FOR YEARS I WONDERED why walking through a busy shopping mall was unpleasant and disorienting. There was too much visual stimulation. Too much input felt overwhelming. It made me feel uneasy or queasy like I had mild motion sickness. I thought everyone was like this but I thought that I had poorer self-control.
So I would walk through a busy mall with my eyes cast down and try to avoid scanning all the attractive images and pretty colors. That way, I could keep my mind focused on why I was there and remember to search only for what I had come to purchase. This was a feature of my life until I was nearly fifty years old.
In elementary school, if my seat was in the back of the class, I was out of luck. The visual sea of moving, murmuring, wiggling, noisy students within my field of vision was like a waving curtain standing between me and the teacher or the chalkboard. It was hopelessly distracting.
Fortunately, I was soon diagnosed as being nearsighted. As a result of understanding my condition, the teachers began to keep me closer to the front so I could see better until I got glasses. This was an accidental blessing. From the front row, I realized that I could pay attention much easier. I needed to be in the front row so I could learn and not be distracted. My Attention Deficit Disorder was moderated.
Now that I’m an older adult, I have served as a substitute teacher in several public and private schools. I can readily see the harm that undiagnosed ADD is causing many younger students. Bright boys and girls (more boys are afflicted than girls) begin to experience poor grades. Often due to ADD – let alone childish immaturity – they lack the ability to be still, to focus or to finish tasks. This takes a real toll on their grades. If it is ADD or ADHD, their poor grades have very little to do with their intelligence. Nor does frequently misbehaving mean they are not respecting their teacher, at least not on purpose. They are not dumb. They are not bad kids. They are not rebels. They don’t deserve to be punished. They simply may suffer from undiagnosed or untreated ADD.
With ADD in children, associated behavioral issues may show up. To the parents, the signs seem to point to bad character, willful rebellion, or disrespect toward the teacher. But the issue is actually something they are not able to control without help just like I couldn’t read the writing on the chalkboard unless I moved closer or could put on corrective eyeglasses.
Can you imagine the harm that this disability causes to a child, to his or her identity? It can affect their confidence. It begins to affect their perception of their self as a competent human able to learn. Self-esteem and confidence in their ability begin to plummet.
For me, as a child and as a teenager, I loved to learn. I had been gifted with a brilliant mind. I was able to learn quickly and had excellent comprehension. In a classroom environment, I could thrive because I was able to hyper-focus. I learned how to memorize answers. Many ADD’ers can do this. I’ll say more on this topic later. I was able to make an “A” on any test that I chose to study for… if I was interested and not bored.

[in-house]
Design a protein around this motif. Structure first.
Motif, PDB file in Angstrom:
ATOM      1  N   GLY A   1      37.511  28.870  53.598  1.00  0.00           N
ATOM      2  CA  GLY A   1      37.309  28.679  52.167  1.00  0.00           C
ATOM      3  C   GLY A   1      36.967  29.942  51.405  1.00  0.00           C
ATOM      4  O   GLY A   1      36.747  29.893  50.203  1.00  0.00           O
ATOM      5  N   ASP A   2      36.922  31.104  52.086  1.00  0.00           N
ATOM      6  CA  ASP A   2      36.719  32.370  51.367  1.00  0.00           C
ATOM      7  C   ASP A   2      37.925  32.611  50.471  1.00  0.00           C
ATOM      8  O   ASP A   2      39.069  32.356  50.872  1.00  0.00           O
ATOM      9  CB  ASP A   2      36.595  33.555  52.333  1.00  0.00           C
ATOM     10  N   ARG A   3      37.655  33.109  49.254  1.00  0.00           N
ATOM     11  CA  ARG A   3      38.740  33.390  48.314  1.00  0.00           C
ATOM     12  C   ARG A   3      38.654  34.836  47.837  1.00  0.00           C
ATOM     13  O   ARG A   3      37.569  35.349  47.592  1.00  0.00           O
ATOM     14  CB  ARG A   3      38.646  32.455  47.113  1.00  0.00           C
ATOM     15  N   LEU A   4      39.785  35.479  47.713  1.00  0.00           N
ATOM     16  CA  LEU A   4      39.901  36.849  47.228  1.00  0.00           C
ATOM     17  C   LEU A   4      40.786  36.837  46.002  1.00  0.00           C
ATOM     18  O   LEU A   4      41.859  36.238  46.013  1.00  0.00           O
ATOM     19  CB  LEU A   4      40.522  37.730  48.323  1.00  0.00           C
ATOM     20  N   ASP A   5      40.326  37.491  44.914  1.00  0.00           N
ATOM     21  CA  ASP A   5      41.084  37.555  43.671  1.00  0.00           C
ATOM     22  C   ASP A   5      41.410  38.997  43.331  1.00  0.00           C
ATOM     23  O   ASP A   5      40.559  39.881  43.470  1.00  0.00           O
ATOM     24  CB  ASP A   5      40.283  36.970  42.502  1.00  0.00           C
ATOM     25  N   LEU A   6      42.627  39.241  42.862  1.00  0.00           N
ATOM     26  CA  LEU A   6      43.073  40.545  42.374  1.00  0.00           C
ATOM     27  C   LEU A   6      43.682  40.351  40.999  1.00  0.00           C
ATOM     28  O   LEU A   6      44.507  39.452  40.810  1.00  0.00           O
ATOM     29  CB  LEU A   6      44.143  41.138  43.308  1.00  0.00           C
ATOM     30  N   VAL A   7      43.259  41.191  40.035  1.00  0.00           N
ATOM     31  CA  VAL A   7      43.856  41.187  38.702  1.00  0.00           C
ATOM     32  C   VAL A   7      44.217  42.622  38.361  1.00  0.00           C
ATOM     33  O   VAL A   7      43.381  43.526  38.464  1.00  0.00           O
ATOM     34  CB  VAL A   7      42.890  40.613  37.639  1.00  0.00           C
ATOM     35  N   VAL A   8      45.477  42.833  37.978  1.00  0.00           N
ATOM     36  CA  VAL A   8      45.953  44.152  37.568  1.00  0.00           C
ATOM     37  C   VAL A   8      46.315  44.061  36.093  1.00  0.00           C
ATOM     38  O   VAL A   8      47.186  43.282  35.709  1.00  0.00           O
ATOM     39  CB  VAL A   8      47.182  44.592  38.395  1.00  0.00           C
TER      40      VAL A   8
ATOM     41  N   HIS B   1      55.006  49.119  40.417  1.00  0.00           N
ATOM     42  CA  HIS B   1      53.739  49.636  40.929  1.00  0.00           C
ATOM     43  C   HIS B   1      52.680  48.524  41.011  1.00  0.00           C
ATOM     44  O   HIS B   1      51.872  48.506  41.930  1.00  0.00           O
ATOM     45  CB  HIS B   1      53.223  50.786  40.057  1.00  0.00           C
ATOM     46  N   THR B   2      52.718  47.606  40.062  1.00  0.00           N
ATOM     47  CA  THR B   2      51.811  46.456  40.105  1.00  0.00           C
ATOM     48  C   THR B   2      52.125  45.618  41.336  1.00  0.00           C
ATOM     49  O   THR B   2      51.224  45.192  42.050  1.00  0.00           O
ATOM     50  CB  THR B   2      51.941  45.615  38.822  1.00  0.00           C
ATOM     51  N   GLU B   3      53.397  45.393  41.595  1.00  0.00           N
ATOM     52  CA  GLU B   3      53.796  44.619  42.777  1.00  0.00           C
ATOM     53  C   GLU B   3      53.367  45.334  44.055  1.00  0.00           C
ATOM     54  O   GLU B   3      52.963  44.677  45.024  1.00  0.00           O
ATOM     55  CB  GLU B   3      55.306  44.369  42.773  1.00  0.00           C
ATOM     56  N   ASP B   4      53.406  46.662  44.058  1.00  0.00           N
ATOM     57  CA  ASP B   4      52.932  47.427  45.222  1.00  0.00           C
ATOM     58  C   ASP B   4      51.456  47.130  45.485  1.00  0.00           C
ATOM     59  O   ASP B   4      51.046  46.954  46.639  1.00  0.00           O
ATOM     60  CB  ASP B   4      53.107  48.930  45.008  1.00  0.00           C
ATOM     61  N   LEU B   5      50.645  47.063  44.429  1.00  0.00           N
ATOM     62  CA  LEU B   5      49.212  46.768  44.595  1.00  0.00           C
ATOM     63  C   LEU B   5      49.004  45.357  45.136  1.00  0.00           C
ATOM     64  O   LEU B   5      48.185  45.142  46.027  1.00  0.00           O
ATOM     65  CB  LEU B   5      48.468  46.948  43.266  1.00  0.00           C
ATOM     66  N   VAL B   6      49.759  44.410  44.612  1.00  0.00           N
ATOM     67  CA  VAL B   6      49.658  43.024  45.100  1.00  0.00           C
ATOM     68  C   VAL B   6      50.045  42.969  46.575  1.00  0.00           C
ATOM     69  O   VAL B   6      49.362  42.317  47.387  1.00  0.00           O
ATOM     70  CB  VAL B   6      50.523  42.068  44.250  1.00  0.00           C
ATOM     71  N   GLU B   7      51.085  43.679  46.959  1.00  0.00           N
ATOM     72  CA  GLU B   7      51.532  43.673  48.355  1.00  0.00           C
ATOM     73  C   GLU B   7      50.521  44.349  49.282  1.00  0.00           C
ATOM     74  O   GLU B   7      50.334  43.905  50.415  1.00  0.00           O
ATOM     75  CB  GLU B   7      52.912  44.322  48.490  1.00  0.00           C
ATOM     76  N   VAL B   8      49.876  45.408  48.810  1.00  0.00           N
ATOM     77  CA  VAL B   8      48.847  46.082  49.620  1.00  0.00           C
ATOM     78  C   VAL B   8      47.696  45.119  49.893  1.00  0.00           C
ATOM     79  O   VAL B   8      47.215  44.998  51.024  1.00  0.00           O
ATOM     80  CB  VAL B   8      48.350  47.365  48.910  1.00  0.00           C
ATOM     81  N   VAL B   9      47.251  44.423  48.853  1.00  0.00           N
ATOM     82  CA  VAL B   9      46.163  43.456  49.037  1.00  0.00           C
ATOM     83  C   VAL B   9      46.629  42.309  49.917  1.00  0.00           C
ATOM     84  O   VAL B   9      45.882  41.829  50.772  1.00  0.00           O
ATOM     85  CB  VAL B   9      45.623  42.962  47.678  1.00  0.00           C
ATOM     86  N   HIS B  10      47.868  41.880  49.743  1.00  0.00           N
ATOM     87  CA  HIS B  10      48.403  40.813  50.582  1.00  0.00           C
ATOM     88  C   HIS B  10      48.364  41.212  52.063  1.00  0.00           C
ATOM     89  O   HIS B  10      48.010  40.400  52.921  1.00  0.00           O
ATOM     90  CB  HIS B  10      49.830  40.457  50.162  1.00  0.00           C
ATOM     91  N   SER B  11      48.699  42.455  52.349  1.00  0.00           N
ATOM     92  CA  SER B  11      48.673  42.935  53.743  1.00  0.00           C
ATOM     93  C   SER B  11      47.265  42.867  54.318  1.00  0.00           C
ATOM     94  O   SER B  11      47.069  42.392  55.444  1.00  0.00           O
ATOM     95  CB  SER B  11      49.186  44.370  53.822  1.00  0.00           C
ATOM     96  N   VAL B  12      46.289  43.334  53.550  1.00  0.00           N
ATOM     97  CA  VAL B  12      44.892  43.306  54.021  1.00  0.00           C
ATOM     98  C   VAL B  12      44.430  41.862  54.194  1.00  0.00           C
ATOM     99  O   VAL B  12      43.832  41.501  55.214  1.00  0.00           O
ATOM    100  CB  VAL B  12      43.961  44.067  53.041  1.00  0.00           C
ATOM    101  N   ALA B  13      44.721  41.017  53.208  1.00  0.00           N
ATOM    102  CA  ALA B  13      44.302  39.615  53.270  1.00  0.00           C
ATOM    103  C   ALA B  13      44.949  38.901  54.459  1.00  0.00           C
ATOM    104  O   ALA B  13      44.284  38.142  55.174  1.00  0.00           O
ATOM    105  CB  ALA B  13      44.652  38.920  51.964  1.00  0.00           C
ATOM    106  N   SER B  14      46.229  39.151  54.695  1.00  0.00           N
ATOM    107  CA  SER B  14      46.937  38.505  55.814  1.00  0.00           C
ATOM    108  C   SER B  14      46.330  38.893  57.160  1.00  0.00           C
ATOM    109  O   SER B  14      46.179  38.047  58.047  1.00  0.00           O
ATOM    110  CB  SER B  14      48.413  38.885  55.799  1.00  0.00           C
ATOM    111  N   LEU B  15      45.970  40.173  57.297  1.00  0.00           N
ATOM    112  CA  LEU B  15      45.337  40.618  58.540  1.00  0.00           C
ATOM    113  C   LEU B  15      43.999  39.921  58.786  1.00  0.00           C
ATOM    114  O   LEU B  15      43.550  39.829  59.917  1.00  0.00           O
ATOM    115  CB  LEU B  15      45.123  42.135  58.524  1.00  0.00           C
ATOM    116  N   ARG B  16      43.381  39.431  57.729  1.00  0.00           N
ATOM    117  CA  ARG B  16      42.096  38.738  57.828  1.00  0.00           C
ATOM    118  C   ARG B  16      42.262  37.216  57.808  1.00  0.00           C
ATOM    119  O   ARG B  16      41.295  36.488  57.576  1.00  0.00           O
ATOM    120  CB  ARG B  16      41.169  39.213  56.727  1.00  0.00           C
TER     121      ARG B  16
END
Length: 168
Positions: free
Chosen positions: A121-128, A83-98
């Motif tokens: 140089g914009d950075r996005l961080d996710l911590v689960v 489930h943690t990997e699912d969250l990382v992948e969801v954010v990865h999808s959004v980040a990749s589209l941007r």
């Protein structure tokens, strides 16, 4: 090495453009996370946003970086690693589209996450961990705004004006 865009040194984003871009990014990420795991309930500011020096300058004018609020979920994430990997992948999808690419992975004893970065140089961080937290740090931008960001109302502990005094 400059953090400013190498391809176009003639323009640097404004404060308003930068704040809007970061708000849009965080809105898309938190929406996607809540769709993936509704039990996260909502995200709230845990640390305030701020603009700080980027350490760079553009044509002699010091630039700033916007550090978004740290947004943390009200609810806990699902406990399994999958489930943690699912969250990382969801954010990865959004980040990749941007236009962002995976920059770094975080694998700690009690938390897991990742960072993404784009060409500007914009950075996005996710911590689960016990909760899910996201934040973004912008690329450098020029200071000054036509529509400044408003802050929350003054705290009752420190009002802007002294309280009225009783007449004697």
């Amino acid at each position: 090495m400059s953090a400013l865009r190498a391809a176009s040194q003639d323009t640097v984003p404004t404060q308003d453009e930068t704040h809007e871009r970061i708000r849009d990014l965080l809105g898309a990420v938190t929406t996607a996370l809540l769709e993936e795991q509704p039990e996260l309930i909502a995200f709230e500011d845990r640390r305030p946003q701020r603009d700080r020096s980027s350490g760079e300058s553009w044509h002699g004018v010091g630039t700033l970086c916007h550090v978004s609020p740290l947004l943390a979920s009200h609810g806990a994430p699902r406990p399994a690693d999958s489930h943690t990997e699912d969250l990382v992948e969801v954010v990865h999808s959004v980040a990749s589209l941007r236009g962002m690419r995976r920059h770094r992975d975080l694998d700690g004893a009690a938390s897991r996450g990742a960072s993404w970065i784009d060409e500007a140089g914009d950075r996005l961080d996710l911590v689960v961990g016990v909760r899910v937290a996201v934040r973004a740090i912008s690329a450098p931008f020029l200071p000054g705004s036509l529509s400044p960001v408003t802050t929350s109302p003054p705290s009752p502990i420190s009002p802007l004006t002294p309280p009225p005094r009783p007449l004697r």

High School was usually interesting because I caught a wave of advanced classes in junior and senior high right after Russia launched Sputnik and America worked hard to catch up. I had Advanced Math I and II, Geometry, Trigonometry, English, Speech, Chemistry, Science, and Physics. I even had four years of Latin. I was fortunate in that I received one of the best public school educations ever offered.
Looking back, ADD was not a minor thing. All through my life the fact of ADD – even though no one knew about it or called it by that name back then – was always with me, always plaguing me and blessing me. But the problems being caused by ADD increased as I grew older. Mistakes now had consequences. When I first began to earn a living, I had to be careful with any work that required monitoring a lot of details.
Another area I noticed later on in my role as a pastor. I had to meet new people frequently. I was expected to know their names after the first introduction. For me, this was very challenging since busy settings and lots of new faces didn’t give me the chance to lock in on their identity easily. I would avoid contact with folks if their name eluded me. This was embarrassing.
When I became married, the inability to handle multiple items without being distracted caused me to begin doubting myself. Frustrations due to being distracted or dropping the ball began to affect my marriage. Anger began to invade my self-talk, but I couldn’t identify the cause.
Twenty years into starting my family I realized that I had all of the symptoms of Adult ADD… all of them! I actually learned about my own ADD by watching my two very bright children struggle in high school. Both were diagnosed with some degree of ADD. Both are now very successful adults.
I joked about my discovery and said, “I caught ADD from my kids!” But ADD is no joke, I assure you. This book is my story.
Excerpt from Damaged by Adult ADD? copyright 2016 by Ron Wood. The book is available at Amazon.com or other online retailers or as an ebook for Kindle or other e-reader devices.